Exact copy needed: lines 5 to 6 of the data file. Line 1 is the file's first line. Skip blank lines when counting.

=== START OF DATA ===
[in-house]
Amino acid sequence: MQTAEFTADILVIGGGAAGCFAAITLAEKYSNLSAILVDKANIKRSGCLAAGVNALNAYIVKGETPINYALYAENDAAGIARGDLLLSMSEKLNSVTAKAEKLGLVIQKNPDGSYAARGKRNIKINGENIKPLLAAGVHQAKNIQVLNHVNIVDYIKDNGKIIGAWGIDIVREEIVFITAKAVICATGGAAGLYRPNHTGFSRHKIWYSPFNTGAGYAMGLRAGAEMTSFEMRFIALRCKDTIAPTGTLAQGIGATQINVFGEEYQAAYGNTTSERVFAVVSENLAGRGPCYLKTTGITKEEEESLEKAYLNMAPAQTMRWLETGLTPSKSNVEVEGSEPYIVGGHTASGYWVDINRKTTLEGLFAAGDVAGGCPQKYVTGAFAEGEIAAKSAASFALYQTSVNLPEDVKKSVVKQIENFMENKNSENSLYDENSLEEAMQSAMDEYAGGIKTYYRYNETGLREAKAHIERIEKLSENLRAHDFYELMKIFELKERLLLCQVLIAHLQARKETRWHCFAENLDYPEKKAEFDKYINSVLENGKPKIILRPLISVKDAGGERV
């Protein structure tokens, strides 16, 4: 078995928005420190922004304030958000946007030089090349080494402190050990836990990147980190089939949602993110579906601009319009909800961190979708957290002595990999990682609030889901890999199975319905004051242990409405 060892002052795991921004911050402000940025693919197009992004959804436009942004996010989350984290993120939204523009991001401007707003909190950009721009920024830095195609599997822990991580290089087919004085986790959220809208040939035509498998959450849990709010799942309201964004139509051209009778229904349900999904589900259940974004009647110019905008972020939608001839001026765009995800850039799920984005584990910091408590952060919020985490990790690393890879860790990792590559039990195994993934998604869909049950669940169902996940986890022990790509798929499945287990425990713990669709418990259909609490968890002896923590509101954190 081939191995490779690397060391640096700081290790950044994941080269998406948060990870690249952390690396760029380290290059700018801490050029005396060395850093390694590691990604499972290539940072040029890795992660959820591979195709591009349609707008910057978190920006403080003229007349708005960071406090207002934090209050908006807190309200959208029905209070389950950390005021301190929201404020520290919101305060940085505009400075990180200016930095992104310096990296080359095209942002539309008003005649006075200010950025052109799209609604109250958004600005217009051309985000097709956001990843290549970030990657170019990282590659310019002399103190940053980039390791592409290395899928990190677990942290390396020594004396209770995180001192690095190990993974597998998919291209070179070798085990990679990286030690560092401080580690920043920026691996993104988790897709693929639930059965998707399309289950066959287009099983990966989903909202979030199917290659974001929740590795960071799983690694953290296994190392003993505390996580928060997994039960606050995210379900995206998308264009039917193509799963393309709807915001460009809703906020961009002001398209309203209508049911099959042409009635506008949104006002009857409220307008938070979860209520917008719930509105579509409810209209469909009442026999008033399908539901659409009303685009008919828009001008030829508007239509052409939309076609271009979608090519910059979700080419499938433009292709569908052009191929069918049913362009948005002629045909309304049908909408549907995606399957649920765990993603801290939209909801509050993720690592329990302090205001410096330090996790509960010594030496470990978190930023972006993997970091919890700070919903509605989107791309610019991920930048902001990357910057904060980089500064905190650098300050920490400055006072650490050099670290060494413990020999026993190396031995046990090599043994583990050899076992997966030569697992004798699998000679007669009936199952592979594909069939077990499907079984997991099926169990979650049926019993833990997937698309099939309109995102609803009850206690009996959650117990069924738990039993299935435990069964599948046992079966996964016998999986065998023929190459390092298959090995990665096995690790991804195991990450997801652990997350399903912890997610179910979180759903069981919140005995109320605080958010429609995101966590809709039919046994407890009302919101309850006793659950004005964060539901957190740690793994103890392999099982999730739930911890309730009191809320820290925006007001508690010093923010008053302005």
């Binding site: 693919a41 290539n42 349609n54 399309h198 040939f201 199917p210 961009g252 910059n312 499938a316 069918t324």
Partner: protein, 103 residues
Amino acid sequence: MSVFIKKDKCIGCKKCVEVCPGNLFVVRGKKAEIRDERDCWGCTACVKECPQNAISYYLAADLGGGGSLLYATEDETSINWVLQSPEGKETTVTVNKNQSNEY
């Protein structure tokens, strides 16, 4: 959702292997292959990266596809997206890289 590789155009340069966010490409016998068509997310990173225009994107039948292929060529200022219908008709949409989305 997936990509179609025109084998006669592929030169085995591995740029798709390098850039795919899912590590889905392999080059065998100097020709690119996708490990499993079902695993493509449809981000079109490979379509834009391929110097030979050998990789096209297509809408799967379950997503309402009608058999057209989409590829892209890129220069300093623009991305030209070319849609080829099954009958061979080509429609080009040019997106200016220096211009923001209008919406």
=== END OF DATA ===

Partner: protein, 103 residues
Amino acid sequence: MSVFIKKDKCIGCKKCVEVCPGNLFVVRGKKAEIRDERDCWGCTACVKECPQNAISYYLAADLGGGGSLLYATEDETSINWVLQSPEGKETTVTVNKNQSNEY